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Koizumi reshuffles staff, focus on banking, yen
( 2003-09-21 16:17) (Agencies)

Fresh from victory in a vote for ruling party chief, Japanese Prime Minister Junichiro Koizumi named top party aides on Sunday, offering clues as to the cabinet he will pick to face a general election expected in November.

The scale of his landslide victory in Saturday's Liberal Democratic Party (LDP) race put Koizumi in a position to reject demands by the party's old guard to sack reformist Financial Services and Economics Minister Heizo Takenaka and controversial LDP Secretary General Taku Yamasaki.

The finance minister's post has been in the spotlight in the wake of the yen's rise to two-and-a-half year highs against the dollar last week and criticism from Group of Seven (G7) economic powers about Japan's market intervention to beat it down.

But Koizumi was seen to have compromised with his opponents within the party by opting for a sideways move for Yamasaki, who is a key political ally but lacks public support.

Yamasaki told reporters he would take over as deputy party leader, a ceremonial position that has been vacant for some time, and deputy Chief Cabinet Secretary Shinzo Abe would replace him as party Secretary General.

This is a fast-track promotion for the 49-year-old Abe, popular with the public for his keen interest in the plight of Japanese abducted by North Korea. He is known for his hard line on the isolated communist country.

"With a general election in November becoming a certainty, Koizumi appears to be preparing a line-up that is easy on the voters' eyes," said Shigenori Okazaki, political analyst at UBS.

Mitsuo Horiuchi, the second of the three top LDP officials, retained his post, while former defence minister Fukushiro Nukaga took over as party policy chief, freeing the third top official, conservative Taro Aso, to take up a cabinet position.

The new cabinet is expected to be announced on Monday and Koizumi said on Saturday he would keep his cards close to his chest until then.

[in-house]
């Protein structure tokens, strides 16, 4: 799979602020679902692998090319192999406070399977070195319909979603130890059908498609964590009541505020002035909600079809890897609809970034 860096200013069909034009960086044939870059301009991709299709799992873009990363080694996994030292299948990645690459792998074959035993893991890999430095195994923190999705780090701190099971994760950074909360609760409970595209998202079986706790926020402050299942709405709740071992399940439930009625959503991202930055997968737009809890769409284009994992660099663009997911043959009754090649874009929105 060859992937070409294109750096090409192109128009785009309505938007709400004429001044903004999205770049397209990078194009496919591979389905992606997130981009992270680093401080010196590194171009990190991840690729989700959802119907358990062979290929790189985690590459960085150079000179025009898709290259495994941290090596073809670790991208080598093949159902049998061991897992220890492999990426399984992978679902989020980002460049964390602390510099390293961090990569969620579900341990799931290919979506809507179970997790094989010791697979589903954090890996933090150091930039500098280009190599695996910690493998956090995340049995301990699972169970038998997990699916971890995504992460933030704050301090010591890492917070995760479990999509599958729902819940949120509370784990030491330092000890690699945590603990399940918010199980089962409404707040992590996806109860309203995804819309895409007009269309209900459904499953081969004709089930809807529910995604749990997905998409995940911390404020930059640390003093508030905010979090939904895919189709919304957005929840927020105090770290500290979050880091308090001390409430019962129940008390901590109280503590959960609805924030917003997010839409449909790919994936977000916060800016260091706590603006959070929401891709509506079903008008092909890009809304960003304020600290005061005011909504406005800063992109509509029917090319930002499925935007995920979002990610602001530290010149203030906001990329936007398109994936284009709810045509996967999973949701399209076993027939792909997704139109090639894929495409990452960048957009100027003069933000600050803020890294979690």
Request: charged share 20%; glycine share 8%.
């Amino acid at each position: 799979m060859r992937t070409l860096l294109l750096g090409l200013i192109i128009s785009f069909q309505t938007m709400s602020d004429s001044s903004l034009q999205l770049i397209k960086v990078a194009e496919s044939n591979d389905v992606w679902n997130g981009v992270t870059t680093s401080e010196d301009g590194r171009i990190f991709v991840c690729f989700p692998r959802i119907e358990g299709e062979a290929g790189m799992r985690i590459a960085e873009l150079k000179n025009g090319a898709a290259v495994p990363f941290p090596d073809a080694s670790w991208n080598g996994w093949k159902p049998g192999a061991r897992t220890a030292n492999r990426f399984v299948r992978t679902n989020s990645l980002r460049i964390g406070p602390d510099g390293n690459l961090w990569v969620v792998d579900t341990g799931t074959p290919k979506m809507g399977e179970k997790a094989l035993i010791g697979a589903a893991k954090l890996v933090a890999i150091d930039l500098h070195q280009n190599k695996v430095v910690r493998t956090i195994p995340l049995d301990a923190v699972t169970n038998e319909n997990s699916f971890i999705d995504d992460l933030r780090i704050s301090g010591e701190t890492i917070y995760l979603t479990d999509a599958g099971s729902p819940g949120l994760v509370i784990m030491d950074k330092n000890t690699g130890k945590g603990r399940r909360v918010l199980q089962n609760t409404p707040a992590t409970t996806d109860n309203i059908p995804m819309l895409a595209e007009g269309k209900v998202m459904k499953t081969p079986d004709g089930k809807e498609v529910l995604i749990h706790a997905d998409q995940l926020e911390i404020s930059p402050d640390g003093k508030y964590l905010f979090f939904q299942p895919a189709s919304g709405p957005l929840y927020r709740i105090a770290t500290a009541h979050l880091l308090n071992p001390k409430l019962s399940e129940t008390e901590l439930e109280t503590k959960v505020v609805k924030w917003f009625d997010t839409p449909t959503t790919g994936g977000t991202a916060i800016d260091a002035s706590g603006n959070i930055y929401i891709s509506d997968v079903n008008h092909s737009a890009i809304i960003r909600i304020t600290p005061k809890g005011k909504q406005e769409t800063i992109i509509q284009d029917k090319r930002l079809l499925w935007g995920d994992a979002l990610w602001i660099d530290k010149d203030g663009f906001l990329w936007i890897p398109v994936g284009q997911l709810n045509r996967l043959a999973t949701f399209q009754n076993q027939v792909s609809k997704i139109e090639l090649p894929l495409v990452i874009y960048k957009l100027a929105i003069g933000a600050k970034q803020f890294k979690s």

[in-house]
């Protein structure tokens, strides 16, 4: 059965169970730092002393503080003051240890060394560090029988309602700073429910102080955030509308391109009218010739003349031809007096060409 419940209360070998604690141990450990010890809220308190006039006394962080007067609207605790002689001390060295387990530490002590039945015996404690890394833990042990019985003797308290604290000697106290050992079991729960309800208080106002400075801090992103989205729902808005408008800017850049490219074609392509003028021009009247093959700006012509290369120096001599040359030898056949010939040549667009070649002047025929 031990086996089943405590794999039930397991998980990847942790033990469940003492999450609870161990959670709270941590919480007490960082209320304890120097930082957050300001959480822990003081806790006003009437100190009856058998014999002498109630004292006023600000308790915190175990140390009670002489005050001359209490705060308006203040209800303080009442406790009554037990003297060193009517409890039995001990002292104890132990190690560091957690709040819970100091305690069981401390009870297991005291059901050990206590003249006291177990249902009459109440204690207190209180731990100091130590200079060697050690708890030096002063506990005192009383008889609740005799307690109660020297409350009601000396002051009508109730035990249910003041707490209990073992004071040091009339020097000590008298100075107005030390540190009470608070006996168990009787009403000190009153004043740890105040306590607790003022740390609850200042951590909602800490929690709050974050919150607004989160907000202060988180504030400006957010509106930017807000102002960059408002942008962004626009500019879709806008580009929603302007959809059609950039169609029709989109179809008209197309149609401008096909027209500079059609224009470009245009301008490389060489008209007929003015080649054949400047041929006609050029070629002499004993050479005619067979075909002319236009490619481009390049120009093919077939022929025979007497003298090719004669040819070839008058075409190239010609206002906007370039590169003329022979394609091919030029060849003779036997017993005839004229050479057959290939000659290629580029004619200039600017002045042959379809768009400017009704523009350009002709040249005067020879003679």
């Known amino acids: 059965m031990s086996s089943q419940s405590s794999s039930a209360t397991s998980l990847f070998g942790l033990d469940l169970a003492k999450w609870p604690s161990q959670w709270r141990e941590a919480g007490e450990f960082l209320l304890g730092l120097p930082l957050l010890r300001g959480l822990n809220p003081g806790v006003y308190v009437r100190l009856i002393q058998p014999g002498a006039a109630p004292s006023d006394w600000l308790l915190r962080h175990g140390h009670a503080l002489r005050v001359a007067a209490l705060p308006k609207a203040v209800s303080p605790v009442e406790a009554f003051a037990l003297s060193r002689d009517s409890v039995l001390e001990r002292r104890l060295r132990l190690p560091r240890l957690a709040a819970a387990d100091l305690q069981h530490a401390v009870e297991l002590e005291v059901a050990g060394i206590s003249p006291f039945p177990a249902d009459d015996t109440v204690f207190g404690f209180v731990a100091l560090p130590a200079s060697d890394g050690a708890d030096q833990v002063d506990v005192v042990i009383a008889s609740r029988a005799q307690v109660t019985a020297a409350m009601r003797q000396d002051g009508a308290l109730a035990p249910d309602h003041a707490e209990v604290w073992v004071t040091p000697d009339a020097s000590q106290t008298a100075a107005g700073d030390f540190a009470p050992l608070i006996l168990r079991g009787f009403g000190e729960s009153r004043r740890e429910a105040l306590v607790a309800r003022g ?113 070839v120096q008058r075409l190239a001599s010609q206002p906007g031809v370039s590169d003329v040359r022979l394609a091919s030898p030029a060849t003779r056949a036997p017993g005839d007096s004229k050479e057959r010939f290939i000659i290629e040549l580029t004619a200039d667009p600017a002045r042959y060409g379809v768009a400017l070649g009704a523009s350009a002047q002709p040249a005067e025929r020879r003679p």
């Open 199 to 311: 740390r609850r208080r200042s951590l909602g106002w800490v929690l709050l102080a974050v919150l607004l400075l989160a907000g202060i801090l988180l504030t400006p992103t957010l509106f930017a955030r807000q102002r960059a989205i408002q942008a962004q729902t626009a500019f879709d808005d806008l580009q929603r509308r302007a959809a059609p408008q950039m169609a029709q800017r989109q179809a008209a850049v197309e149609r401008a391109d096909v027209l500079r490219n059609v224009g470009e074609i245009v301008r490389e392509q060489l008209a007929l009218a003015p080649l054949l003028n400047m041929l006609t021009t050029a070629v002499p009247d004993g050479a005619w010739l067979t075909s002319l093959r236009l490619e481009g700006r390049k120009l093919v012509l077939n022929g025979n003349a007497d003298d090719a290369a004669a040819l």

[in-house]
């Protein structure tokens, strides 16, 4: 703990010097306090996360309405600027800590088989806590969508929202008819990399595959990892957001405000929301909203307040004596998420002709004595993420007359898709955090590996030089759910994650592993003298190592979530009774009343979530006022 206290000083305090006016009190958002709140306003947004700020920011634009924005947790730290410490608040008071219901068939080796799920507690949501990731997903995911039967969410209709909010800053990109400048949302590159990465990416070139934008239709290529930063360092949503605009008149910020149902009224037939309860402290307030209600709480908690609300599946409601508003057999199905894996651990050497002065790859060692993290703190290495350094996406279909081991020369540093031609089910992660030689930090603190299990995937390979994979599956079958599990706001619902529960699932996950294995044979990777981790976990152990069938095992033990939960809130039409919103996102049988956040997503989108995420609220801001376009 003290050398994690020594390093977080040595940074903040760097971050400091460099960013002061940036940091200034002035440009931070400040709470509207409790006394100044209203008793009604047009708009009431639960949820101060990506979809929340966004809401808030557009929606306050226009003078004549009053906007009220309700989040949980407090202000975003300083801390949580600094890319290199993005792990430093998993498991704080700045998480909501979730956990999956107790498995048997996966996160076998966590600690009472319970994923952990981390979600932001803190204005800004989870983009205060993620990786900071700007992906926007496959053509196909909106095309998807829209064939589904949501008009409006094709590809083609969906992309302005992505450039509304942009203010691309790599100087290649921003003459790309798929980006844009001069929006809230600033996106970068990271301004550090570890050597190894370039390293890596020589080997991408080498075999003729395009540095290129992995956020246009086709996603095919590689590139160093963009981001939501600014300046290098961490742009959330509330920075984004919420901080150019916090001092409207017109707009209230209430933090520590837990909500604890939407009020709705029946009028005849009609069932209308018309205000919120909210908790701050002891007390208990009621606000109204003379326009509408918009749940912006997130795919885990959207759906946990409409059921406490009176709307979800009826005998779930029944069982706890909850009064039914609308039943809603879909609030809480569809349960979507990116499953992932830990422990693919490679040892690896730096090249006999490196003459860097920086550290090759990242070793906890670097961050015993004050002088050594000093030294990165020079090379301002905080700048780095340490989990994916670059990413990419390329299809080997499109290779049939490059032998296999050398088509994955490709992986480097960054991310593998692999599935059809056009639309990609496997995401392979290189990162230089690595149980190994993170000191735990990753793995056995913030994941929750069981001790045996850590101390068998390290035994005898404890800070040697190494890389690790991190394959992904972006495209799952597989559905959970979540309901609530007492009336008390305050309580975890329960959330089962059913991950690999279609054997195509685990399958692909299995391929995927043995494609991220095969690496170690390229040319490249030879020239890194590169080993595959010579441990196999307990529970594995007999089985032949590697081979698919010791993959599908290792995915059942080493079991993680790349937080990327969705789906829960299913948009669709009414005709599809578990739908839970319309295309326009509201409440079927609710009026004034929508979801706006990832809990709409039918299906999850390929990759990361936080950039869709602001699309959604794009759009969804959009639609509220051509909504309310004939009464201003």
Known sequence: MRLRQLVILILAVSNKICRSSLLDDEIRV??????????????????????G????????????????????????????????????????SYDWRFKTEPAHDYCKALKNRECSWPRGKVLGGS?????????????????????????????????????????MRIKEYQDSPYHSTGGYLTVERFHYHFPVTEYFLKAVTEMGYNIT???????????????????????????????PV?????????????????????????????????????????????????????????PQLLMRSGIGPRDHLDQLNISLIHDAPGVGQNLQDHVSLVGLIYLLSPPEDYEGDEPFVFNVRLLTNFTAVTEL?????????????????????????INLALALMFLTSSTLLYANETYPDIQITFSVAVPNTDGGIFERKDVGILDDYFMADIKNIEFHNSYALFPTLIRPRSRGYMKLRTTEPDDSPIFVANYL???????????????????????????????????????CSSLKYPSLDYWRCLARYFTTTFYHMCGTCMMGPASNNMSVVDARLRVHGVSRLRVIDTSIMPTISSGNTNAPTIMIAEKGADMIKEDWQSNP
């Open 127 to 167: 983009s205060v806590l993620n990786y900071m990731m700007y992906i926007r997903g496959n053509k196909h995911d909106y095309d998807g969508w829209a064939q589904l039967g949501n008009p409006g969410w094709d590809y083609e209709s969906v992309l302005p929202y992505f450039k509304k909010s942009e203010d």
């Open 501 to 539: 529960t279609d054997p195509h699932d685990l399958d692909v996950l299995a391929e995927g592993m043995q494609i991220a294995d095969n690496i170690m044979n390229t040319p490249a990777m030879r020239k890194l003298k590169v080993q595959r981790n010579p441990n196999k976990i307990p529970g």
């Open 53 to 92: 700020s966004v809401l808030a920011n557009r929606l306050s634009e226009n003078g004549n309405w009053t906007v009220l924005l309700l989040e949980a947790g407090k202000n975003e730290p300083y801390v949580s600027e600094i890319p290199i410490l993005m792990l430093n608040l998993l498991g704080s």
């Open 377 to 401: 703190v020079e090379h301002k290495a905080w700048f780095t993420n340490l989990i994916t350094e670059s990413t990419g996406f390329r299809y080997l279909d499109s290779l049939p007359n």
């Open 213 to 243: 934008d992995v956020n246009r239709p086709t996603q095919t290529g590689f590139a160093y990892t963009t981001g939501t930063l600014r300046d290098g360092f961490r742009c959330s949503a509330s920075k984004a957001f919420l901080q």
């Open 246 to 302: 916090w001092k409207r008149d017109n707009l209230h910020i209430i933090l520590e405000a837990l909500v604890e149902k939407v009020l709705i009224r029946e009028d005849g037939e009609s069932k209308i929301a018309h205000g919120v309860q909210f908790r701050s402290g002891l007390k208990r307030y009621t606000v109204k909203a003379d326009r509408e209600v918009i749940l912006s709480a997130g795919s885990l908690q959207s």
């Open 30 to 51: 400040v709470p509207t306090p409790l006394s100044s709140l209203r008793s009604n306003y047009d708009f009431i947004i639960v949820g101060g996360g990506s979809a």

Koizumi won 399 of 657 votes in the LDP race, allowing him to keep the premiership and lead his three-party coalition into a general election that he has hinted will be held in November, although the coalition must extend an anti-terrorism bill before parliament can be dissolved.

Closest challenger Shizuka Kamei, an advocate of big government spending to bolster the economy, won just 139.


Only a few weeks ago, many pundits said deep dislike for Koizumi's painful reforms might prompt rank-and-file LDP members and lawmakers to give him the thumbs down.

But with such views disproved, odds lengthened that Koizumi would succumb to pressure to dismiss Takenaka, whose policy of forcing banks to make a more realistic assessment of their balance sheets has been blamed for hurting small businesses.

Hidenao Nakagawa, an LDP lawmaker regarded as one of Koizumi's closest confidants, said he expected Takenaka to stay, though it was unclear if the minister would keep both his banking supervisory and economic planning portfolios.

Speculation has been rife Takenaka could lose one, probably the financial services role.

"I think hopes on Mr Takenaka's policy were behind the economic recovery expectations that are evident in the recent stock market rally," Nakagawa told Fuji TV.

"I think the prime minister will definitely not replace him. Whatever his position may be, we must have Mr Takenaka's cooperation."

Eisuke Sakakibara, a former vice finance minister for international affairs, said the most important decision now was to pick a new finance minister, as the yen's strength threatened to choke Japan's nascent, export-reliant economic recovery.

The incumbent finance minister, 81-year-old Masajuro Shiokawa, skipped Saturday's G7 meeting in Dubai for health reasons and has said it would be difficult for him to continue.

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